How to Fix a Screaming Toilet

Updated June 18, 2018

Toilets can make all kinds of sounds when they malfunction, including hissing, gurgling and thumping. Screaming may be more annoying than most sounds, but it doesn't necessarily signify a more serious problem. It usually comes from an older toilet with a ballcock fill mechanism. As the tank fills, the float arm partially closes the valve, and vibrations in the pipes make the screaming sound as water tries to get through the smaller opening. There isn't an easy way to repair old ballcock valves. The best strategy is to replace yours with one that stays open until the tank is full.

Turn off the water supply to the toilet and flush it. Hold the handle down until the tank has emptied as much as it can.

Sponge out the remaining water in the tank and transfer it to a bucket. When you have got as much water out as you can, disconnect the water supply hose by unscrewing the nut from the fill valve inlet on bottom of the tank. Place the bucket under the inlet to catch any water that may still remain in the tank.

Disconnect the rubber overflow tube from the overflow pipe and unscrew the nut under the tank that holds it using slip-lock pliers. When you have removed the nut, put the bucket under the valve and lift it out of the tank.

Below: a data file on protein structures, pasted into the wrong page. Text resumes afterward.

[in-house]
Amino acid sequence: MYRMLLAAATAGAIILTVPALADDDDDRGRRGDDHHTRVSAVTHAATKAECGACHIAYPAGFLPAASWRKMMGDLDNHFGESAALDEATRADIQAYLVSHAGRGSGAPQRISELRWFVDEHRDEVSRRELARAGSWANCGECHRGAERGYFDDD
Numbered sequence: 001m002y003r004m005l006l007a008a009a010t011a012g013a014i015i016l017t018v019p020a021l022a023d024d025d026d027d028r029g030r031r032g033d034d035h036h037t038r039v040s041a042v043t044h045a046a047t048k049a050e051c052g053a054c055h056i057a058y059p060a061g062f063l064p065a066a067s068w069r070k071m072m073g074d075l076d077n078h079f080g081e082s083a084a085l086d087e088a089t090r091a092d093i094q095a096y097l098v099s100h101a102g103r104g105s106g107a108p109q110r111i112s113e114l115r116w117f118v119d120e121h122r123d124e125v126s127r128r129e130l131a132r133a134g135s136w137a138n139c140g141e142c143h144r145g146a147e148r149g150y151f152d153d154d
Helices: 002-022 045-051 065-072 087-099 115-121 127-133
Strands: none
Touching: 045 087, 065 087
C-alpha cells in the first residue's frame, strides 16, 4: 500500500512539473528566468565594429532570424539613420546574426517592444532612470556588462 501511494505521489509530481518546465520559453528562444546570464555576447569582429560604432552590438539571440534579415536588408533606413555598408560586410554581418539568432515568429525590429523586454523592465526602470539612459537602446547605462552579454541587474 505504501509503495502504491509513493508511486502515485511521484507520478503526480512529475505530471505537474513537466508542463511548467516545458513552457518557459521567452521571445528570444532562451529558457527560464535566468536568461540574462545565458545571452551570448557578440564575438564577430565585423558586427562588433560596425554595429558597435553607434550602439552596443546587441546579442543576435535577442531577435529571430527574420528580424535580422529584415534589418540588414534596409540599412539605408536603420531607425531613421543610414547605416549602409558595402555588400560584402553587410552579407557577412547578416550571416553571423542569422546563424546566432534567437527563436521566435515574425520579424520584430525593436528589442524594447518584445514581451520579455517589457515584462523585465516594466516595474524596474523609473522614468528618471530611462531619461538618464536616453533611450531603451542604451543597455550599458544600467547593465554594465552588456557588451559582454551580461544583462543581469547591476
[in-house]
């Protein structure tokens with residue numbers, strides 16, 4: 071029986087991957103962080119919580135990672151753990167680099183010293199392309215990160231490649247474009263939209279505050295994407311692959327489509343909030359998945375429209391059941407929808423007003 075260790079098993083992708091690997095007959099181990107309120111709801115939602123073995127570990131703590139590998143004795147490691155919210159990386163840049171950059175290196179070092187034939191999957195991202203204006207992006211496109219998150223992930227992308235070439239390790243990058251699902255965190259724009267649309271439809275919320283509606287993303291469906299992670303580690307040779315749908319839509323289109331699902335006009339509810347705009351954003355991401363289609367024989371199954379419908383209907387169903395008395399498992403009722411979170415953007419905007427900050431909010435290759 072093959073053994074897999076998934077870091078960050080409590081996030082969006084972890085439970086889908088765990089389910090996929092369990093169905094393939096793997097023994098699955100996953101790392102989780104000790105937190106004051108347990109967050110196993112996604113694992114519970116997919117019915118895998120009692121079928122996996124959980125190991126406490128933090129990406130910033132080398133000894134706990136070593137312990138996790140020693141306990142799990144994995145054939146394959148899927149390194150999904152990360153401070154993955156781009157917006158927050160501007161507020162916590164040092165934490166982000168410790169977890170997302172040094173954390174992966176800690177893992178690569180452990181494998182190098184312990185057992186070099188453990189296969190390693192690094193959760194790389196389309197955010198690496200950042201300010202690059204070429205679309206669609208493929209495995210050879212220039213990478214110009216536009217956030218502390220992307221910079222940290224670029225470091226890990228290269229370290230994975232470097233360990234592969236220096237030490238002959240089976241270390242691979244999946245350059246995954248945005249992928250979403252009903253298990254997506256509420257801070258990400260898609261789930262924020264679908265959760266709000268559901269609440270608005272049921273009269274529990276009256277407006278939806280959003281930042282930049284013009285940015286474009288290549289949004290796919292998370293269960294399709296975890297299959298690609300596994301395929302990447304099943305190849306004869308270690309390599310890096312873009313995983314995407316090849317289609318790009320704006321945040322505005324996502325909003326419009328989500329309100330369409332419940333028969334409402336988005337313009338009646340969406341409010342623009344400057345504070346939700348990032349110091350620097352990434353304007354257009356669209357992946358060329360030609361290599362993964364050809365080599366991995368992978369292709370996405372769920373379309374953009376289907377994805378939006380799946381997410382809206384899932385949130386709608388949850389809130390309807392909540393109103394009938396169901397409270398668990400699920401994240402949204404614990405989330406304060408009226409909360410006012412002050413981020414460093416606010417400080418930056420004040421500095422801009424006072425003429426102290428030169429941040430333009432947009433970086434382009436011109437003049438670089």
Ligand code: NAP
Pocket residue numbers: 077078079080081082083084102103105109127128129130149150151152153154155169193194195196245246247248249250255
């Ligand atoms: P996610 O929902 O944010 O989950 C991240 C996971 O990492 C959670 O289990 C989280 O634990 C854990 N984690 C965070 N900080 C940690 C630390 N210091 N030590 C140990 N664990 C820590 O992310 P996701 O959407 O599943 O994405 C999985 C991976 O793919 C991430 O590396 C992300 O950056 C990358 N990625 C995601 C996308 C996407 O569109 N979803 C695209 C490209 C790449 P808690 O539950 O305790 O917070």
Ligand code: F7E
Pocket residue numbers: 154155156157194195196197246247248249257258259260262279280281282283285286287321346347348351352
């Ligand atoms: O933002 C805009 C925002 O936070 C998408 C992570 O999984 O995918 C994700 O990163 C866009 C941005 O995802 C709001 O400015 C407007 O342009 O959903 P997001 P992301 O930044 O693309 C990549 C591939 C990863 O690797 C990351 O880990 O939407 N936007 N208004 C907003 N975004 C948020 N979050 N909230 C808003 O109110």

Place a new fill valve that has a float cup encircling the body of the valve in the hole in the bottom of the tank. Adjust the height of the valve so the critical fill mark on the valve is 1 inch above the overflow tube. Make sure the valve is positioned so that the float cup can rise and fall without hitting the sides of the tank or any other obstructions.

Screw on the nut from underneath the tank to hold the valve and seal the opening. Tighten it with slip-lock pliers. Clip the overflow tube connected to the new valve to the overflow pipe in the tank.

Screw the water supply hose to the new fill valve and tighten the nut by hand. Turn on the water and check for leaks while the tank is filling. Adjust the water level by moving the adjustment clip up or down on the fill valve. The tank should stop filling when the water level is about an inch below the opening of the overflow pipe. Flush the toilet once to make sure the tank refills to the correct level.


Replace the valve with a new ballcock valve if you prefer. Be sure to buy one that doesn't close partially as the tank fills. The vibrations from a partially closed ballcock can be transmitted through the pipes, causing screaming or whistling sounds at locations far from the problem toilet.

Things You'll Need

  • Sponge
  • Bucket
  • Slip-lock pliers
  • Fill valve
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About the Author

Chris Deziel has a bachelor's degree in physics and a master's degree in humanities. Besides having an abiding interest in popular science, Deziel has been active in the building and home design trades since 1975. As a landscape builder, he helped establish two gardening companies.